Last Updated on December 20, 2007 by Paulette Brown-Hinds

By Lea Michelle Cash

DA Moves to Dismiss Charges

On May 31, 1921 and the first day of June, 1921 the worse race riot in the history of America occurred. Eighty-six years ago, charges were filed against fifty-five defendants for unlawfully, knowingly, willfully, riotously and feloniously assembling together, armed with rifles, shotguns, pistols, razors and other deadly weapons, to disturb the public peace and quiet serenity of the City of Tulsa, Oklahoma.

While acting in concert, each with the other, did congregate and assemble themselves together in and upon the public streets, avenues, alleys and other places of the City of Tulsa as arms aforesaid, shot and kill one Walter Diggs and shot, wounded and injured numerous other peaceable citizens of the City of Tulsa, County of Tulsa, State of Oklahoma.

A hearing on the motion to dismiss all charges was held at the Greenwood Cultural Center in Tulsa located at 322 North Greenwood on December 11, 2007. District Judge, the Honorable Jesse Harris presided at the historic hearing.

My grandfather, Julius Warren Wiggings was born in Jacksonville, Florida in 1888, the year that incumbent President G rover Cleveland lost to Indiana senator, Benjamin Harrison who became the 23rd President of the United States.  As a young child he was raised by his grandparents in Everett, Massachusetts and given the name of Warren Ramsey, which name he kept until the year 1909.

In 1909, Warren became a professional boxer and changed his name professionally to “Jack Scott”.  His career as a professional boxer took him all over the country and despite segregation, discrimination, cheating and crooked managers who often times did not pay what was promised, he managed to save and wisely invest his earnings.  On May 2, 1917 in Little Rock, Arkansas he married Daisy Levester (Dixon) Hurst and the newlyweds moved and settled in Tulsa, Oklahoma to raise their family.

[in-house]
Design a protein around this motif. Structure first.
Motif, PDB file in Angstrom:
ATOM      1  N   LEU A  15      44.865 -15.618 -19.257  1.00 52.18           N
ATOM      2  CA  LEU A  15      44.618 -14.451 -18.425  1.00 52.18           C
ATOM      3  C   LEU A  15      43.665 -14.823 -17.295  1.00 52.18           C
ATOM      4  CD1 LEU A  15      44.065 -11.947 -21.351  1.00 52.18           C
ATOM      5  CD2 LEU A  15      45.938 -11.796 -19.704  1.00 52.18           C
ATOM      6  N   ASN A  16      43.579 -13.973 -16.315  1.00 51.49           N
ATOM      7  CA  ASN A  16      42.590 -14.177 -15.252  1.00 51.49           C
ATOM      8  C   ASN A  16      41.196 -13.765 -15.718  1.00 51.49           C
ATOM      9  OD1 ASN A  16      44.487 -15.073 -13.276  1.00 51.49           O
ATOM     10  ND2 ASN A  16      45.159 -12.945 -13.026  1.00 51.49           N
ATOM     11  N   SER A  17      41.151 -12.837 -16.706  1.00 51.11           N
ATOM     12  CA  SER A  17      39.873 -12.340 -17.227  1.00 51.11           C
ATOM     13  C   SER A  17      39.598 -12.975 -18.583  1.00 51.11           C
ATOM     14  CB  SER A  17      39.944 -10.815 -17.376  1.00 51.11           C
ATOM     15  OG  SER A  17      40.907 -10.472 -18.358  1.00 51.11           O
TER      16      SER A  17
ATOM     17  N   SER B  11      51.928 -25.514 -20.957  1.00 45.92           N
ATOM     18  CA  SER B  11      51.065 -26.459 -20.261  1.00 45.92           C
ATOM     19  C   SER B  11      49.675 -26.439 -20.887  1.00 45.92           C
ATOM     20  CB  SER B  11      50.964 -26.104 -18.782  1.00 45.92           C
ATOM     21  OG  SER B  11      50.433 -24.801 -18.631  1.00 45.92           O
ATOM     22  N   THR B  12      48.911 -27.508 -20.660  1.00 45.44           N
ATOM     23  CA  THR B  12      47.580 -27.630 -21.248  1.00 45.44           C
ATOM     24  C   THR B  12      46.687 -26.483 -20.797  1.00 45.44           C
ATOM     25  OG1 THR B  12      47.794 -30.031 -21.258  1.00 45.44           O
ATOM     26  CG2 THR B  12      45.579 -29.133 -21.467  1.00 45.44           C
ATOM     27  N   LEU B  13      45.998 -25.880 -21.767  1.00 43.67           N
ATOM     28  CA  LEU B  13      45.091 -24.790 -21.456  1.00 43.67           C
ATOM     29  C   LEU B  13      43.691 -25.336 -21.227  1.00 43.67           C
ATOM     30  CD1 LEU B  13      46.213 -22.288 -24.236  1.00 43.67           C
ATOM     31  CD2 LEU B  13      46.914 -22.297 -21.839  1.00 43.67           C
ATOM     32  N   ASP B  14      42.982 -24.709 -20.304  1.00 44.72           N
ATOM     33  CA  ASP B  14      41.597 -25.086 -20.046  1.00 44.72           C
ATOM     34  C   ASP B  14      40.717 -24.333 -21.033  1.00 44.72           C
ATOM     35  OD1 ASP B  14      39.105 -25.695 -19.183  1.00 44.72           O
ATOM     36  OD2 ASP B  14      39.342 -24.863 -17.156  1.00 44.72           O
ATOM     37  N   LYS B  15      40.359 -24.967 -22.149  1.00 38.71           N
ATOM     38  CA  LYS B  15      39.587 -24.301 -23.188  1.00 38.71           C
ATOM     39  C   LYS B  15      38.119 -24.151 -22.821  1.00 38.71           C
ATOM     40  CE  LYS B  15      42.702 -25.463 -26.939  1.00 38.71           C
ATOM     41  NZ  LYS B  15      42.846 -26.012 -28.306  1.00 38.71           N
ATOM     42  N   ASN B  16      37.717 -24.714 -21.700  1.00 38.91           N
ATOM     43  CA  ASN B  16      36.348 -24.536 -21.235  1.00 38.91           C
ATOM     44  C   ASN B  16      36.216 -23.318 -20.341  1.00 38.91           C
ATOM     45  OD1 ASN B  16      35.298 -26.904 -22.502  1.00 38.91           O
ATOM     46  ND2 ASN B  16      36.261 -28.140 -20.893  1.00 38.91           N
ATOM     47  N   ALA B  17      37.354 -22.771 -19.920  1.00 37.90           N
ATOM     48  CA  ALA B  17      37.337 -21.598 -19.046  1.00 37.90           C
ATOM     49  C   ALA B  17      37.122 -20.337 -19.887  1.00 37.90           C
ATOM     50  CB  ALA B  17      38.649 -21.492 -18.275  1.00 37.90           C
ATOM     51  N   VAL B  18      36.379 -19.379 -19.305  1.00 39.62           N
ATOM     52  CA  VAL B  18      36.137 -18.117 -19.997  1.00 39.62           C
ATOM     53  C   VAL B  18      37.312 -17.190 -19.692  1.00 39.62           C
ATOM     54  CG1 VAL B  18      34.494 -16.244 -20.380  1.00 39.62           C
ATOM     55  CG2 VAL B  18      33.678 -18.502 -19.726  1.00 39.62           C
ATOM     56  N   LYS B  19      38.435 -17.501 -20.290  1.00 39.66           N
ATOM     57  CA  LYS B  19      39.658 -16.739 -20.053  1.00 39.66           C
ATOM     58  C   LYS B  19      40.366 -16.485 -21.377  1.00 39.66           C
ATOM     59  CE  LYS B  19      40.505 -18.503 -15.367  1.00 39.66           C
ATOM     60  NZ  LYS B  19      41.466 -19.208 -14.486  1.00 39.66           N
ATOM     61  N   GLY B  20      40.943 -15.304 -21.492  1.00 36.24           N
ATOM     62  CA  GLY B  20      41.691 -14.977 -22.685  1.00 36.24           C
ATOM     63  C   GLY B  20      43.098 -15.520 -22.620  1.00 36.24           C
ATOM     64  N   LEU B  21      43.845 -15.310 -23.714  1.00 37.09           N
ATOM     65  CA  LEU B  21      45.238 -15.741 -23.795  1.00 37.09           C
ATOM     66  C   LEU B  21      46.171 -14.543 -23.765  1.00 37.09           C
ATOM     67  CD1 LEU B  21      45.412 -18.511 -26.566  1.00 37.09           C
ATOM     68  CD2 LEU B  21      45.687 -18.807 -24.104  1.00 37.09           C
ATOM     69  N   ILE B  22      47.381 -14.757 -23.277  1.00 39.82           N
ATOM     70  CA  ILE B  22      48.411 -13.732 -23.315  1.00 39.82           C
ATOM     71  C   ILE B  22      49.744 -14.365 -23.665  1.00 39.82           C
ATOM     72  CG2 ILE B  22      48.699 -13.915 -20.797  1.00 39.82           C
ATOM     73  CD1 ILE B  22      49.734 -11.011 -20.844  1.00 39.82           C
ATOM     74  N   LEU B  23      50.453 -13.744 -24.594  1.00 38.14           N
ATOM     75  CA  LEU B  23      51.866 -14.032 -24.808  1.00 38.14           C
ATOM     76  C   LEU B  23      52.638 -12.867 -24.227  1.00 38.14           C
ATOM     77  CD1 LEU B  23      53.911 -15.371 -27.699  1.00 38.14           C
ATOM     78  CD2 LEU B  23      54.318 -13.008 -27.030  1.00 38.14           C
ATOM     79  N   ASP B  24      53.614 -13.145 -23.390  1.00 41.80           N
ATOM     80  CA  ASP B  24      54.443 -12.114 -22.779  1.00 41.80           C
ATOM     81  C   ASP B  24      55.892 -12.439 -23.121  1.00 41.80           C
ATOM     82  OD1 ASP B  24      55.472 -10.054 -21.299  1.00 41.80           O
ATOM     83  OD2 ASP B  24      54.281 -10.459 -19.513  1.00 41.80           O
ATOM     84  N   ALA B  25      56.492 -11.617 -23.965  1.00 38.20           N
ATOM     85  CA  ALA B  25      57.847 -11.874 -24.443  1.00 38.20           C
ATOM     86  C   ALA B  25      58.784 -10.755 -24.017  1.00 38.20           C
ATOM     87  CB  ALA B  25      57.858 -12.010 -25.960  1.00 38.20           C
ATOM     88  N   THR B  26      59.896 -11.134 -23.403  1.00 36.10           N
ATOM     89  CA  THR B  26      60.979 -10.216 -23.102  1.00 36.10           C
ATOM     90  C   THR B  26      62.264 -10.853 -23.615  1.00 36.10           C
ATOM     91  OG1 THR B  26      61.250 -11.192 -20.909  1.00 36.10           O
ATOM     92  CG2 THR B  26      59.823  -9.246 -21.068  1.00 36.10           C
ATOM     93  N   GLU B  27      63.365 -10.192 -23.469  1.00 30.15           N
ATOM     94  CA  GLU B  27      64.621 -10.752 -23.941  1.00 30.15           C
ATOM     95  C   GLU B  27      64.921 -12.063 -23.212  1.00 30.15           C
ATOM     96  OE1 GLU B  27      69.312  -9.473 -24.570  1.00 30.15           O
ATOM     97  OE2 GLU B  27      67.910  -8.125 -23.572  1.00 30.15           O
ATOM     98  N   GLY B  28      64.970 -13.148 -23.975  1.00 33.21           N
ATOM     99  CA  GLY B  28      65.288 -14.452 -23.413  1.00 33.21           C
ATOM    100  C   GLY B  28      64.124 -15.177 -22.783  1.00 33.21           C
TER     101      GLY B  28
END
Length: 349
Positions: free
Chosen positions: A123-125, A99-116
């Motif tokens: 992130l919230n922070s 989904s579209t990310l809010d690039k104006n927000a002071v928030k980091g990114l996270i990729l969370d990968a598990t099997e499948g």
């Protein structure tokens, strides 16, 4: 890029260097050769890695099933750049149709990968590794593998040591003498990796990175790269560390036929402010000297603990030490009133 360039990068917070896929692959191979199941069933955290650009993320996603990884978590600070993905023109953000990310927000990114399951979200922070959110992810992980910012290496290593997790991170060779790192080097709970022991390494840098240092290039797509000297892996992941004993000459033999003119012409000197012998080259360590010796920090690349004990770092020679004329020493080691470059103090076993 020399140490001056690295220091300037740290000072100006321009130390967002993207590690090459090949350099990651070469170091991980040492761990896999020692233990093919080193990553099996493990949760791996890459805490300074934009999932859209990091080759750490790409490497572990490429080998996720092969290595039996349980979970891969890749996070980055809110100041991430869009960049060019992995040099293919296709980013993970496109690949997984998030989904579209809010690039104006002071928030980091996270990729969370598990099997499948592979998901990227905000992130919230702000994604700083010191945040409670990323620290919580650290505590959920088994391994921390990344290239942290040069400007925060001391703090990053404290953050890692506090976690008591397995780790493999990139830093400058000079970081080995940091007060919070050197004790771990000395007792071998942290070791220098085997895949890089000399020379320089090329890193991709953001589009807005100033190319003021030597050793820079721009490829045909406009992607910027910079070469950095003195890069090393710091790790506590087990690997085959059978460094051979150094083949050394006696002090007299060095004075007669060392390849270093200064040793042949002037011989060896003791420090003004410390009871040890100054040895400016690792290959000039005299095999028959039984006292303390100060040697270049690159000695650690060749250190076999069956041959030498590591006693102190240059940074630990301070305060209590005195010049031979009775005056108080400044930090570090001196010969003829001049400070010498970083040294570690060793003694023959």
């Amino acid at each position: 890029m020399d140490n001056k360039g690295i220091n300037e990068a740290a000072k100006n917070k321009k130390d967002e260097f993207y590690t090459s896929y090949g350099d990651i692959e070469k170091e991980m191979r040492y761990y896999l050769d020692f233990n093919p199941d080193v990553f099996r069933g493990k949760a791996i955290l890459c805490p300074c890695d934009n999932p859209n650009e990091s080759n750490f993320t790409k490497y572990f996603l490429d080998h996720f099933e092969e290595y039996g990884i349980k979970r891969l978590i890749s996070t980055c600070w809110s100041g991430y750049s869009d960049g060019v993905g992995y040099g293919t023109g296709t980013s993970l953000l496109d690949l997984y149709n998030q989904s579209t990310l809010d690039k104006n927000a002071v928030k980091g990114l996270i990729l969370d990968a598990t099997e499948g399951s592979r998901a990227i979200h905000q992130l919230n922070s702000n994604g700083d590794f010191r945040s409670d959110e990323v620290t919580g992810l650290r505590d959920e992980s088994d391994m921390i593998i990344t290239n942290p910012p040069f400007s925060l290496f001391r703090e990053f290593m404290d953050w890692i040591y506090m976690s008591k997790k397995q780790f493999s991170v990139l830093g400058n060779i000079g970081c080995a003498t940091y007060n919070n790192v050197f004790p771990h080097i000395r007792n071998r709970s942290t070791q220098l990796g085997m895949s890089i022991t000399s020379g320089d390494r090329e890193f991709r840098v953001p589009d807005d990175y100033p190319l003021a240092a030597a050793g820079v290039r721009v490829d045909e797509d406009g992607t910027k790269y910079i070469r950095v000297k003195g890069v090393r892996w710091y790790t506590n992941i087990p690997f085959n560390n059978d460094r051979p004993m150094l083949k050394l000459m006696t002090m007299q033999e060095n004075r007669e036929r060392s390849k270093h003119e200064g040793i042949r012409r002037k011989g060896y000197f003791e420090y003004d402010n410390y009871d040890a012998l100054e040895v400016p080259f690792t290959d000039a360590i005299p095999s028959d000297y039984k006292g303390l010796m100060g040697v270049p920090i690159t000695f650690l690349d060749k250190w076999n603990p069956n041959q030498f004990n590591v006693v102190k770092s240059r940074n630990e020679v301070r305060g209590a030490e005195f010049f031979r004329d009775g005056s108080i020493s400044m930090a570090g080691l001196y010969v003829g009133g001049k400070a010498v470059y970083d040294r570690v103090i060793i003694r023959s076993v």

Jack and Daisy Scott

On May 31, 1921, Scott was one of the many brave Black men who stood on Tulsa’s Courthouse stairs to protect a young Black male from being lynched. What happened on that explosive historical day is recorded to be the worst race riot in the history of America.


In 1921 throughout the State of Oklahoma, Blacks were being lynched. In one report it is noted that Tulsa’s Police Chief John Gustafson and Sheriff Woolley claimed regarding an earlier August 1920 lynching that it shows criminals “that the men of Tulsa mean business.”

According to historian Scott Ellsworth’s, Tulsa Race Riot report, Blacks began to question if another mob ever gathered in Tulsa to lynch someone else, who was going to stop them?   These brave men were Black men, mostly World War I veterans.  They assembled to stop the White mob from lynching Dick Rowland, 19 who was arrested for being in an elevator, and when the elevator jerked, he accidentally fell upon a 17 year-old Sarah Page, the female elevator operator.  She screamed.  The riots were started by news reports of wealthy White oilmen and citizens (many Klansmen) who threatened to lynch yet another Black man accused of raping a White woman, charges Miss Page never filed.

Thirty-five city blocks burned to the ground, completely devastating more than a thousand Black families, leaving them homeless and displaced. The prosperous area in which they had lived known as “The Greenwood District” and “Black Wall Street” was gone over night. Gone were the many brick homes, the buildings, the markets and businesses, the sandwich shops, the hamburger and juke joints, the 750 seat Dreamland Theater, the library, the churches, the Gurley and Stafford hotels, the Black newspaper establishments.  Gone was the booming commercial district along Greenwood Ave noted to be an American success story.